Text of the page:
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Sunday, March 13, 2016
Psychology: The Secret To Winning In Court, And In Politics
A common problem in litigation is the sense that the case has been pre-judged. That is, the sense that the decision has been made. It could be the decision on the verdict, or the motion, it really doesn't matter much. Having this sense means that one also believes that the facts no longer matter (you'll try to argue them anyway) or the law or legal precedents (other rulings) don't matter (ditto). The quandary for the advocate is how to crack this dilemma, to control the damage, to live to fight another day.
One way around this is to try to totally change the foundational paradigm of the case. An example might be to shift the argument radically. If a straightforward recitation of facts and the law is not apparently working, then you've got to strike at something deeper. That is, to go after the "core values" of the decisionmaker -- the judge or, in rare instances, the jury.
Identifying those core beliefs is difficult. A case in point is any political campaign, whose success ultimately depends on voter turnout. Forget what people say, what they tell pollsters. As the football coaching legend Bill Parcells said once, "You are what your record says you are." You win or you lose. Results matter. In fact, that is all that matters -- did you win?
Getting to politics. How does one determine a campaign's or candidate's real supporters?
There's a big gap between spoken beliefs and actual beliefs. The truest test of where someone stands, whether it's for a candidate or a particular political ideology, is NOT some sort of pop quiz where if you get eight out of ten "right," you're in a certain category. Forget ideology. It's psychology that matters.
And adversity often brings out the truth. I've long believed that certain human emotions are actually incompatible with truly sincere ideological beliefs. Want to see how progressive your buddies are? Watch how they react when they get passed over for a promotion by an equally or more-qualified minority group member? Want to see how conservative your friends are? See how they squirm with envy when you get that house, promotion, etc.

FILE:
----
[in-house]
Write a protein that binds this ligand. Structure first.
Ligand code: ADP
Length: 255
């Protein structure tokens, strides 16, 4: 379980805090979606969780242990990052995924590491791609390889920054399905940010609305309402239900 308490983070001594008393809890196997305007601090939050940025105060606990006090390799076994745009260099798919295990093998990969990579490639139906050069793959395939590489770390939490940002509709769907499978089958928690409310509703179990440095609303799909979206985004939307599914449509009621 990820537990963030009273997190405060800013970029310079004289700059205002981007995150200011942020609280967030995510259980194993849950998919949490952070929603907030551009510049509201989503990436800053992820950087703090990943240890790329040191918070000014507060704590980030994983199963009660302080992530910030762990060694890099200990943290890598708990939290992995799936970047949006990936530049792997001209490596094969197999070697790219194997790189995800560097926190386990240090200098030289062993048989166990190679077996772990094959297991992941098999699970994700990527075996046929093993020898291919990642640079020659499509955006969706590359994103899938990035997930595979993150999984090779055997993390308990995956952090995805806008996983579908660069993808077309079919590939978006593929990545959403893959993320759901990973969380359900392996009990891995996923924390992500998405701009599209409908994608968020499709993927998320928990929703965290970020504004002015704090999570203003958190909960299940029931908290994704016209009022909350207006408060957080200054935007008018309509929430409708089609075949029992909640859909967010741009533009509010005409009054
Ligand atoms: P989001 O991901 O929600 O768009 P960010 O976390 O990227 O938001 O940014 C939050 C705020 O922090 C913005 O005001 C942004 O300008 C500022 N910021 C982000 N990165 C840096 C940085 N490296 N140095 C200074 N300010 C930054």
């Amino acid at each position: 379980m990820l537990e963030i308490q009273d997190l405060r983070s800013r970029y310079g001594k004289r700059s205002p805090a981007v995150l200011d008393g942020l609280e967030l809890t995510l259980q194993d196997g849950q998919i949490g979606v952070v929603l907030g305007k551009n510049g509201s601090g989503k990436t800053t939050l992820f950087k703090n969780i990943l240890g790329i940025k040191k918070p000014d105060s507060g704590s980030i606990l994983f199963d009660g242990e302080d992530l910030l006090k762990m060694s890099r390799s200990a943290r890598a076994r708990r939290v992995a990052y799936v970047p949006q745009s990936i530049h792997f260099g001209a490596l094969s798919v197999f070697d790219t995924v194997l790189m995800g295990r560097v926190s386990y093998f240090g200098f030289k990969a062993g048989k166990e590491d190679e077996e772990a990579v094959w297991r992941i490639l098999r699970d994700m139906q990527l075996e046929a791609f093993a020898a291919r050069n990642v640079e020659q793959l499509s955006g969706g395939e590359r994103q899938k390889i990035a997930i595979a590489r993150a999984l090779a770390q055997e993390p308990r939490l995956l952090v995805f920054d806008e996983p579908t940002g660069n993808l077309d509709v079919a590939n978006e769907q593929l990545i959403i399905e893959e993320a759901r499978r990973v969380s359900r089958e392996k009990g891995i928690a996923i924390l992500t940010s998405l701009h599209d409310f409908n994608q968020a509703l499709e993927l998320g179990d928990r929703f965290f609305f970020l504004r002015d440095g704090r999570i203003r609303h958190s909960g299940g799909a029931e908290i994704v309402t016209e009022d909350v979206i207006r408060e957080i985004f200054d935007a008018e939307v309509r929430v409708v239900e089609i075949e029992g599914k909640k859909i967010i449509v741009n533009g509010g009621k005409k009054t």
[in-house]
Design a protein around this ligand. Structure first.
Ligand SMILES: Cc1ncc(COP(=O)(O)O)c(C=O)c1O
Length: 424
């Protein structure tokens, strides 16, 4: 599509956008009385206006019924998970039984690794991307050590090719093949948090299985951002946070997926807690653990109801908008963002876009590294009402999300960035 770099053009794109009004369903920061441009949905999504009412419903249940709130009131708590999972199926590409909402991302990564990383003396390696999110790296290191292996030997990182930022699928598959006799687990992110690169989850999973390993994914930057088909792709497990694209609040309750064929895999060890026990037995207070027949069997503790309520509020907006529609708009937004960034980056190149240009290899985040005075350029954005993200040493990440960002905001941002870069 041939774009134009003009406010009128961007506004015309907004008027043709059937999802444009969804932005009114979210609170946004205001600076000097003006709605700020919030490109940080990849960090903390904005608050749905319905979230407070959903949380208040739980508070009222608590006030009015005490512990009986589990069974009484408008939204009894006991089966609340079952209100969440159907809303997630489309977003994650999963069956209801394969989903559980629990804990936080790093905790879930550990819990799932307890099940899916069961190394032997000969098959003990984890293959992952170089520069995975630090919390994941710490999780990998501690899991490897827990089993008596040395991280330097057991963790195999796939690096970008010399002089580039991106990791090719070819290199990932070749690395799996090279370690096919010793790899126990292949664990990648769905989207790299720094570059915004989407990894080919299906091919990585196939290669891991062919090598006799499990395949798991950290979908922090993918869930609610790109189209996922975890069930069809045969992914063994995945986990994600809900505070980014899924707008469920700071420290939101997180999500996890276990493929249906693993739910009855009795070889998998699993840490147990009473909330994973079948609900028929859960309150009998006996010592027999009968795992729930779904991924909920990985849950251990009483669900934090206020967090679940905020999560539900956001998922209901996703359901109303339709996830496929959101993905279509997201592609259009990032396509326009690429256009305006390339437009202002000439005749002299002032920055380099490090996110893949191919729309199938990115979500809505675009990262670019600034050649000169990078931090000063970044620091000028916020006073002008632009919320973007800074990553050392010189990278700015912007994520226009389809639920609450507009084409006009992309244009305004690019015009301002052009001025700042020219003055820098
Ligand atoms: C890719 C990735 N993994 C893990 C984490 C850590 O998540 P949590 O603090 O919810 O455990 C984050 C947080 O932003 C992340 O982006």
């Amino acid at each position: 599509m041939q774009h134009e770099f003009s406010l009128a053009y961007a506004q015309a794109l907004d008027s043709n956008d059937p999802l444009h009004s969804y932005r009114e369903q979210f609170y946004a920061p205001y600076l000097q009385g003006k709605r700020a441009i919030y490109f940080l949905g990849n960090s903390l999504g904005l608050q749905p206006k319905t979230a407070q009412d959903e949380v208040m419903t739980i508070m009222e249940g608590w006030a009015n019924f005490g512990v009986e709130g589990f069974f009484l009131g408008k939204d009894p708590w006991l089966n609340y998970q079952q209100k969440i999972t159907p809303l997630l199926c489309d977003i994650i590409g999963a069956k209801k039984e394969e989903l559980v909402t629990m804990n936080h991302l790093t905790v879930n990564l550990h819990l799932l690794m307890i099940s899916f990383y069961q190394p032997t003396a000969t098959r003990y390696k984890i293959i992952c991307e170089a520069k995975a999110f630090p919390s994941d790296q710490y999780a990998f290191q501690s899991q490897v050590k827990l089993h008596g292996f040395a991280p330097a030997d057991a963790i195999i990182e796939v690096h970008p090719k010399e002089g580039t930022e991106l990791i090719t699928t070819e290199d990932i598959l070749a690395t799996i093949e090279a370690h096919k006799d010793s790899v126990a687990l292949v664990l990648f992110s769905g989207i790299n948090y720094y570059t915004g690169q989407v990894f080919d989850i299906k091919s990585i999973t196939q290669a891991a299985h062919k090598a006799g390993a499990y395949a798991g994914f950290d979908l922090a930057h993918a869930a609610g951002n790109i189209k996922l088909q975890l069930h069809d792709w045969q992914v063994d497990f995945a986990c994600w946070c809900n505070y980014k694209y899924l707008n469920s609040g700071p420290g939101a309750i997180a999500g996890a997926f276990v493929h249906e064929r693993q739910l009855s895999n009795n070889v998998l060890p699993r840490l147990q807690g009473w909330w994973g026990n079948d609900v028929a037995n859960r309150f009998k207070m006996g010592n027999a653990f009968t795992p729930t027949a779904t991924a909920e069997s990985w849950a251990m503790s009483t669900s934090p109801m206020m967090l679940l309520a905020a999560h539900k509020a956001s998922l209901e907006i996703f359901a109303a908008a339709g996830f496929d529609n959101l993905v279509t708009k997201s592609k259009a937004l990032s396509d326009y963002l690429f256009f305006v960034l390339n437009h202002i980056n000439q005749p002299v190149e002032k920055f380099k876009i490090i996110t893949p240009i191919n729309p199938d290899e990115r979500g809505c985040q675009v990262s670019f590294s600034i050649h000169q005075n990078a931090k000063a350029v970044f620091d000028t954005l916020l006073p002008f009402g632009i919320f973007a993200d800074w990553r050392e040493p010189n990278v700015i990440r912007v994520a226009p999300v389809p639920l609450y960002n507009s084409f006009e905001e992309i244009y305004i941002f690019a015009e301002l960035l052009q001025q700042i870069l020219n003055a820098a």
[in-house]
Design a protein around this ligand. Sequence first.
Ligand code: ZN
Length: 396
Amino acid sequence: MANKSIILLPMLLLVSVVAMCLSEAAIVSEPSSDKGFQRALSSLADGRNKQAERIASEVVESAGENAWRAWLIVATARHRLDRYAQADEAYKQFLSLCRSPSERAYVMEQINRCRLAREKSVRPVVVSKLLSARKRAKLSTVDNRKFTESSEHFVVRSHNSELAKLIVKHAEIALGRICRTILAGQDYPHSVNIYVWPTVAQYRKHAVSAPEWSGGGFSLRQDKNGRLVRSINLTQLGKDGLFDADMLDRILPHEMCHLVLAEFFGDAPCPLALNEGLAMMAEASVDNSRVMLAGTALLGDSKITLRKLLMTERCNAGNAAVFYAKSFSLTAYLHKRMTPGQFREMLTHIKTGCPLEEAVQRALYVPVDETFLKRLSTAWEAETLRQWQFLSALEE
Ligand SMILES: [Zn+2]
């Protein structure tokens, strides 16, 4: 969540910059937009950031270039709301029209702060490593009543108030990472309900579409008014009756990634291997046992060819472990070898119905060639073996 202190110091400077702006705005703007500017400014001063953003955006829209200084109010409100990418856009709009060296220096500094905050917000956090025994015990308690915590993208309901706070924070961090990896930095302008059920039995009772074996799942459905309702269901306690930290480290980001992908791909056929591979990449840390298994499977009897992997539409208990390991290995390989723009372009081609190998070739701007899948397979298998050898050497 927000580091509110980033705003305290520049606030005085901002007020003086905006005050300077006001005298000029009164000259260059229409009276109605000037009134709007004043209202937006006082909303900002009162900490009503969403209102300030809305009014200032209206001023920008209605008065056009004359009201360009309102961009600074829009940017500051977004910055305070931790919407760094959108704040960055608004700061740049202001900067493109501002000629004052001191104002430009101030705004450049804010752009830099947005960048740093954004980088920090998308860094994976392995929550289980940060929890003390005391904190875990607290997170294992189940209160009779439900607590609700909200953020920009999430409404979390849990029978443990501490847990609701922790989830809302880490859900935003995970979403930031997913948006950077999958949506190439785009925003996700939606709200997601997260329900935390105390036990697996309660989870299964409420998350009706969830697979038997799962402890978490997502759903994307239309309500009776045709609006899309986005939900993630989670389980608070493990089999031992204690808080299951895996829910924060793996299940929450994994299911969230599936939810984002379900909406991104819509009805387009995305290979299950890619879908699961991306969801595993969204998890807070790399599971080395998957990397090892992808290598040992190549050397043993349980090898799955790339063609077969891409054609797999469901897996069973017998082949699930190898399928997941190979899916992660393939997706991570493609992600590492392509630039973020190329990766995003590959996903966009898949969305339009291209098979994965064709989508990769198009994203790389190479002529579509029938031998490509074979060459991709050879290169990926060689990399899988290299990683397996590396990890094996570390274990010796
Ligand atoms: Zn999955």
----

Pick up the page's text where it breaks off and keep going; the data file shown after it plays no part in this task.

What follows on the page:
The core emotion of envy / jealousy reveals that ideology doesn't drive voting decisions. Psychology does. Human weaknesses do. And activism thrives, not on ideology, but on these psychological drivers.
If you're thinking that "ideology" or "party identification" is the driver in those decisions, you're confusing the symptom (the stated belief) with the real, underlying cause (the psychological belief or value system).
If you want to pull out that victory, in any field, you have to recognize the symptom first. But then you must go one step further. To avoid the false positive, the indicator that leads you to one conclusion which could be very wrong, you have to dig for the underlying belief.
Very simply, it becomes: Why does someone believe in something?
If you aren't diligent enough at doing the digging to get to the real answer, you run the real risk of being really, really wrong.
Eric Dixon is a New York-based investigative and corporate attorney.